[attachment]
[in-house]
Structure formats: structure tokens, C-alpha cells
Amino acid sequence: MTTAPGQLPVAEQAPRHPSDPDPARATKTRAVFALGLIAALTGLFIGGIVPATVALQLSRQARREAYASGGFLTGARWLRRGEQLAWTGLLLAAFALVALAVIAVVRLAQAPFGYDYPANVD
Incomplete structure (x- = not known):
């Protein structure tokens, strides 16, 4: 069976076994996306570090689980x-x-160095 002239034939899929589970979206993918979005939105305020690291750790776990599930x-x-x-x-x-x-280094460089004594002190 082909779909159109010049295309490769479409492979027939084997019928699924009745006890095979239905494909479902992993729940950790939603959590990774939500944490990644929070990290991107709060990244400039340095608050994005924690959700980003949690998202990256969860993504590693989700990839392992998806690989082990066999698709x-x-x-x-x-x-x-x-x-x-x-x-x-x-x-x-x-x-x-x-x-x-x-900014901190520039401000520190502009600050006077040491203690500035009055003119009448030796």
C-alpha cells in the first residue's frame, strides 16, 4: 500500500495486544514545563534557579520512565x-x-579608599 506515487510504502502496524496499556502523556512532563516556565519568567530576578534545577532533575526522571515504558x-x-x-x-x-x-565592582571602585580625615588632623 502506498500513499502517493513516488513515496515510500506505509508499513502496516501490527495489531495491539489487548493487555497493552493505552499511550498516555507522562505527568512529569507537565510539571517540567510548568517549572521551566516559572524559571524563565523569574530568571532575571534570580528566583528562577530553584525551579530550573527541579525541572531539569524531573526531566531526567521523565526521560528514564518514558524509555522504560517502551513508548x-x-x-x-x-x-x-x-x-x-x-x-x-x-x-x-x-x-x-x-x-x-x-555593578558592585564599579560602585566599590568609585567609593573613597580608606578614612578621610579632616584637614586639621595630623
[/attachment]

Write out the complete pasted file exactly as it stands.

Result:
[in-house]
Structure formats: structure tokens, C-alpha cells
Amino acid sequence: MTTAPGQLPVAEQAPRHPSDPDPARATKTRAVFALGLIAALTGLFIGGIVPATVALQLSRQARREAYASGGFLTGARWLRRGEQLAWTGLLLAAFALVALAVIAVVRLAQAPFGYDYPANVD
Incomplete structure (x- = not known):
């Protein structure tokens, strides 16, 4: 069976076994996306570090689980x-x-160095 002239034939899929589970979206993918979005939105305020690291750790776990599930x-x-x-x-x-x-280094460089004594002190 082909779909159109010049295309490769479409492979027939084997019928699924009745006890095979239905494909479902992993729940950790939603959590990774939500944490990644929070990290991107709060990244400039340095608050994005924690959700980003949690998202990256969860993504590693989700990839392992998806690989082990066999698709x-x-x-x-x-x-x-x-x-x-x-x-x-x-x-x-x-x-x-x-x-x-x-900014901190520039401000520190502009600050006077040491203690500035009055003119009448030796």
C-alpha cells in the first residue's frame, strides 16, 4: 500500500495486544514545563534557579520512565x-x-579608599 506515487510504502502496524496499556502523556512532563516556565519568567530576578534545577532533575526522571515504558x-x-x-x-x-x-565592582571602585580625615588632623 502506498500513499502517493513516488513515496515510500506505509508499513502496516501490527495489531495491539489487548493487555497493552493505552499511550498516555507522562505527568512529569507537565510539571517540567510548568517549572521551566516559572524559571524563565523569574530568571532575571534570580528566583528562577530553584525551579530550573527541579525541572531539569524531573526531566531526567521523565526521560528514564518514558524509555522504560517502551513508548x-x-x-x-x-x-x-x-x-x-x-x-x-x-x-x-x-x-x-x-x-x-x-555593578558592585564599579560602585566599590568609585567609593573613597580608606578614612578621610579632616584637614586639621595630623